The 82-year-old conservative, who led Germany from 1982 until 1998, only makes rare public appearances and has been visibly in poor health for some time.
His office manager Marion Scheller confirmed on Monday that he had the heart surgery in February.
“Due to a cardiological problem he was doing very poorly,” she said. But she added that he was feeling much better since the surgery and was now working on two books.
Kohl played a pivotal role in the months around the fall of the Berlin Wall in November 1989 and has been known as the father of German unity. He was also a crucial figure in the progress of the European Union along with Jacques Chirac of France and Margaret Thatcher of the UK.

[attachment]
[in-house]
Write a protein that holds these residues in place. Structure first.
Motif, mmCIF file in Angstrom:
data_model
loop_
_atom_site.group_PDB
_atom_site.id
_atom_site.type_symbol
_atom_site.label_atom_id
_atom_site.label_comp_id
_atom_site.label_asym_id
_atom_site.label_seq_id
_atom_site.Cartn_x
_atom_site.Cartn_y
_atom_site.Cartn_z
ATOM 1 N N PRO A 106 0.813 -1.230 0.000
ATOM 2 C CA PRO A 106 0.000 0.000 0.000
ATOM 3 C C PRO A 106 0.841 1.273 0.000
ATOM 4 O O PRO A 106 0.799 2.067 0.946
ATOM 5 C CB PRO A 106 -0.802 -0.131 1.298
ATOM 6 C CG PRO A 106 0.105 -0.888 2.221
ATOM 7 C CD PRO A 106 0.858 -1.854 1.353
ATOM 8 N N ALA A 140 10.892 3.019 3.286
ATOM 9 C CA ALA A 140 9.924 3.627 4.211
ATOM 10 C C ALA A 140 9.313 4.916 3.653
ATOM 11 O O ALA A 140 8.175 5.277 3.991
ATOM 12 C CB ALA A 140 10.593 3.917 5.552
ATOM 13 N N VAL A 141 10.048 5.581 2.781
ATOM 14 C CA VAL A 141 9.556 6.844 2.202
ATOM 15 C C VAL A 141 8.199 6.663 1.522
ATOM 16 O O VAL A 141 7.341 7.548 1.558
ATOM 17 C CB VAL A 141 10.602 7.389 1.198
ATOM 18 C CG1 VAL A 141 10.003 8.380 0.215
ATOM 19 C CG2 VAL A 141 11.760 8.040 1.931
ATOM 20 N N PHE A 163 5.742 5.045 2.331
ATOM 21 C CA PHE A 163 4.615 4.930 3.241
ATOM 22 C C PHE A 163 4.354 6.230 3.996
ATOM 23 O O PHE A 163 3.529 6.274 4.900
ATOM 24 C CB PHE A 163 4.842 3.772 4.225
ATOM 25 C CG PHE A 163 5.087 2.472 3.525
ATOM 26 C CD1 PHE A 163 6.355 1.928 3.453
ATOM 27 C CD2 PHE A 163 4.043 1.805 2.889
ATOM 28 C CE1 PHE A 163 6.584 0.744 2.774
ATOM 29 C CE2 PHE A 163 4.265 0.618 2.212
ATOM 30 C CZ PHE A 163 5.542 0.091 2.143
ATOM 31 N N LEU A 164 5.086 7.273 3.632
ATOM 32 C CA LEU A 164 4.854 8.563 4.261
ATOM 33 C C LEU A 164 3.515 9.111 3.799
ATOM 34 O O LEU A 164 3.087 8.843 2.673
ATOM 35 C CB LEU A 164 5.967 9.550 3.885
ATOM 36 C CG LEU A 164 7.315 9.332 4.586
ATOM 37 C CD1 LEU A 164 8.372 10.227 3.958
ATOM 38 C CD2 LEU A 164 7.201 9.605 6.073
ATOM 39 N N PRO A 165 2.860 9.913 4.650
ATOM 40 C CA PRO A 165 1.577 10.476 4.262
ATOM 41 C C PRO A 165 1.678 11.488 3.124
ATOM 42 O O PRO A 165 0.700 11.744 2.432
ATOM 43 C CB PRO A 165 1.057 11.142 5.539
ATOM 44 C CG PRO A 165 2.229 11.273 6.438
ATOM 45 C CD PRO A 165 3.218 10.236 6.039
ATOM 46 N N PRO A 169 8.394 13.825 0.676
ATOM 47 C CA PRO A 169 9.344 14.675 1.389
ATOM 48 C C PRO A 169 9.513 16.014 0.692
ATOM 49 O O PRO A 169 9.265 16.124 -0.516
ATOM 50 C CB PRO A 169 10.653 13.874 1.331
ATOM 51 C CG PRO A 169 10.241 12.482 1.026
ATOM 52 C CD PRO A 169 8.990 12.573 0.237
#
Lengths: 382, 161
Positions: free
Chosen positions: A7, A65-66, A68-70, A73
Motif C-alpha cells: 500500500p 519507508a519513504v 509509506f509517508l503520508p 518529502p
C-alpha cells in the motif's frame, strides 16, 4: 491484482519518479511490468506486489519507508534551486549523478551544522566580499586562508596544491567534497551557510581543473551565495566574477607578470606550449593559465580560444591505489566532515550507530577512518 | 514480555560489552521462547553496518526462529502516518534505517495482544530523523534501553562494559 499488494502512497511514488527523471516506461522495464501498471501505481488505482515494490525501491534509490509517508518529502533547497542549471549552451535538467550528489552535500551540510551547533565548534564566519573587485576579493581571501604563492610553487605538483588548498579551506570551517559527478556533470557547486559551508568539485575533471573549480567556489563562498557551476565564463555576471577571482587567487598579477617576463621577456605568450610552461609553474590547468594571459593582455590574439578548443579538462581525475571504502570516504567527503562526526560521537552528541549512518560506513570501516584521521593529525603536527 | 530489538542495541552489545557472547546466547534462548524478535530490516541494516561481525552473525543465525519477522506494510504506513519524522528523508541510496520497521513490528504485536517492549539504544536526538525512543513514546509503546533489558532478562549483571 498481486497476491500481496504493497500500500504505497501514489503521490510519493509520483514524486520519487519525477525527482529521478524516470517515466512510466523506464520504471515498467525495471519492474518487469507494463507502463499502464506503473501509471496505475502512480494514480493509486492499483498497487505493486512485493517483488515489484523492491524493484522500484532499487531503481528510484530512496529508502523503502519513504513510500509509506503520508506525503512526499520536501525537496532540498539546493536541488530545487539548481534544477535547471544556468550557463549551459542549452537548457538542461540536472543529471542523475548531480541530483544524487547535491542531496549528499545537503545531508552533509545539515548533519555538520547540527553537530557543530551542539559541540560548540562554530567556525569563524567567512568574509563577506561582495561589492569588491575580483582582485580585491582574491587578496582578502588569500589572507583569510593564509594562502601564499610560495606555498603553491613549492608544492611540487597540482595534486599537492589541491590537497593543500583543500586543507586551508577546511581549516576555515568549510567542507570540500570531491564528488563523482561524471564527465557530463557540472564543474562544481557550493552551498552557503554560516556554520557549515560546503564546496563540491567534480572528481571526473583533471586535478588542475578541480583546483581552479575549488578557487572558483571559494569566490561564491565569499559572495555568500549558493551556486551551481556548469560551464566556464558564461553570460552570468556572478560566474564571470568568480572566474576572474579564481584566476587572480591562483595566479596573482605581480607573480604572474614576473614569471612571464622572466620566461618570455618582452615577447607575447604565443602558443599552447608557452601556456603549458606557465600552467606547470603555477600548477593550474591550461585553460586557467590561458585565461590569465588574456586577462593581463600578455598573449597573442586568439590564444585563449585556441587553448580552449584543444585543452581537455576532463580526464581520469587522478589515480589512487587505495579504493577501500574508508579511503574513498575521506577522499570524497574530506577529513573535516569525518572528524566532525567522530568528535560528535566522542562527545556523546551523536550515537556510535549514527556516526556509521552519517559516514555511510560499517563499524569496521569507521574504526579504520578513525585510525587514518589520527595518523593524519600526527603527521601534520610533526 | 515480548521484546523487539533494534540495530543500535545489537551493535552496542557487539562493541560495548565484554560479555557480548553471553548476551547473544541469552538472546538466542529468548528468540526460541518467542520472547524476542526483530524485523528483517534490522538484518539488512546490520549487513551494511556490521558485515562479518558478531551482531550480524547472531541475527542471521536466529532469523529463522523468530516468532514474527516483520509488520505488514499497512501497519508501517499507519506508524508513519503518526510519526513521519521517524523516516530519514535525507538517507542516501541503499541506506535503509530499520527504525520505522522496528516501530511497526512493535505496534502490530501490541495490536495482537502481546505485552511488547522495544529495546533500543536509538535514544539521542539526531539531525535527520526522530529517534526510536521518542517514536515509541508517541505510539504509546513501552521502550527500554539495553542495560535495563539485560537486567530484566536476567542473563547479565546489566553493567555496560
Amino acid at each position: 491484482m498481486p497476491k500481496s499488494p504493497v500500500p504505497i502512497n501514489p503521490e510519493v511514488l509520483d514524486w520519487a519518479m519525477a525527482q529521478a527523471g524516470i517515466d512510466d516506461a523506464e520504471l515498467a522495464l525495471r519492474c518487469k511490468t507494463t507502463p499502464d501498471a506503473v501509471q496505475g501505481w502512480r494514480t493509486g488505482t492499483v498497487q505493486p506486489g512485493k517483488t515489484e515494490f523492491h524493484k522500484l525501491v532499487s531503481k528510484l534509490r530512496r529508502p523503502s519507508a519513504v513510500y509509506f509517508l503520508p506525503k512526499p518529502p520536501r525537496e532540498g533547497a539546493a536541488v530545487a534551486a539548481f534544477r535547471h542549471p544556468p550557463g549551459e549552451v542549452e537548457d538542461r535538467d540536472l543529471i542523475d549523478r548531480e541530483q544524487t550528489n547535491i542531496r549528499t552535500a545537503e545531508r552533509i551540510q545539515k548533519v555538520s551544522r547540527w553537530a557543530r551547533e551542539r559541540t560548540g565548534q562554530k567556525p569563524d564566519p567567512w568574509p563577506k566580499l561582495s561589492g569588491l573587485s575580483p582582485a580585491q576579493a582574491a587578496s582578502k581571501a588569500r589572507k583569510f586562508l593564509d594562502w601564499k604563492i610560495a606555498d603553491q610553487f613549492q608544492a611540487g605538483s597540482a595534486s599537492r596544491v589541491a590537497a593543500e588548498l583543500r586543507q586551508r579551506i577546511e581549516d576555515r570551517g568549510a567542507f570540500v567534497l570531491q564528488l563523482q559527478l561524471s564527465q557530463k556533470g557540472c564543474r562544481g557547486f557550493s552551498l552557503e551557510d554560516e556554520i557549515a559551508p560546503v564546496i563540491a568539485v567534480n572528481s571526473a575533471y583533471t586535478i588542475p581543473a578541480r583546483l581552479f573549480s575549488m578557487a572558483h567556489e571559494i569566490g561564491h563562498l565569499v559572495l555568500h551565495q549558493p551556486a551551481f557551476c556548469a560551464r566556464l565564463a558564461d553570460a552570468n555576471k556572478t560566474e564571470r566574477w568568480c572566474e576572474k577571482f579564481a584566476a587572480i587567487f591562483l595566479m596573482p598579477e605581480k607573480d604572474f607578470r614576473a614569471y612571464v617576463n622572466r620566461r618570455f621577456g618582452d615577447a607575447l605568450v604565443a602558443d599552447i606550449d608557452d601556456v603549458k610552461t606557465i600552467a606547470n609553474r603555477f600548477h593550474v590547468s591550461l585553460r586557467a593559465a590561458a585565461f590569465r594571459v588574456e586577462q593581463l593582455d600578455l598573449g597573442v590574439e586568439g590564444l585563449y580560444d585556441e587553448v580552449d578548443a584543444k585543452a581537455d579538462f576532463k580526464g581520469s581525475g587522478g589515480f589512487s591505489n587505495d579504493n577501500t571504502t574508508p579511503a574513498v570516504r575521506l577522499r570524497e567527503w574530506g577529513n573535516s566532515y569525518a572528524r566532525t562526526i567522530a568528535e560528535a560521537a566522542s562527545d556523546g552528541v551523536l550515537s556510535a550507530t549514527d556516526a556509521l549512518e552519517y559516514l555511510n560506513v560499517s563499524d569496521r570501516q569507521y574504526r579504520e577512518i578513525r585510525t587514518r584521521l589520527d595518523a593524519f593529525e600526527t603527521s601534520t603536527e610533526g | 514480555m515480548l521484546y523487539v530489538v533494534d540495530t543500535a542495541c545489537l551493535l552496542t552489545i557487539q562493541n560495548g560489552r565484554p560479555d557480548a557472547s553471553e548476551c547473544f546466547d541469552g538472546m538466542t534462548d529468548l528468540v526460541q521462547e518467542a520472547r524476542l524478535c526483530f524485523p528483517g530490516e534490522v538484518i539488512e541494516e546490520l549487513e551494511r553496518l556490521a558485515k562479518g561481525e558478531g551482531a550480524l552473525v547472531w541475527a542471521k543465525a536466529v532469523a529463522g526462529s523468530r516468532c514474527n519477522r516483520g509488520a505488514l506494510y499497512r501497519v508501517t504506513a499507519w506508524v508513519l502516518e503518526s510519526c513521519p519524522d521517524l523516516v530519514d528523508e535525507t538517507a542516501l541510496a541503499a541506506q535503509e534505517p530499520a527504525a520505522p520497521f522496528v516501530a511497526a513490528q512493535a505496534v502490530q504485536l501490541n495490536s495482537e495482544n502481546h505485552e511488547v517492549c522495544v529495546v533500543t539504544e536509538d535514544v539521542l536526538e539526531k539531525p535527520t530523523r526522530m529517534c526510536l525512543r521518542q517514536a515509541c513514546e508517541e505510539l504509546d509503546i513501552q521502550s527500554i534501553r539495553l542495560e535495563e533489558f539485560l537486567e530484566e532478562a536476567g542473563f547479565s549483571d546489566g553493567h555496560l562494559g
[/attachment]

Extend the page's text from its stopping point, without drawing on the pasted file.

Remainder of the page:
Kohl had championed Chancellor Angela Merkel, until she effectively pushed him from the leadership of their Christian Democratic Union (CDU) in 1999 over an unaccounted party slush fund.
His refusal to name those who had made secret donations to the party tarnished his reputation and he left parliament for the last time in 2002, largely withdrawing from public and political life.
He is expected to make an appearance at the end of September to mark the 30th anniversary of his election to chancellor, on the back of a constructive vote of no confidence on October 1, 1982.
The plan is for him to visit the CDU in parliament on September 25 – his first appearance there since leaving. Two days later he will attend a gala in his honour at the German Historical Museum where Merkel will speak.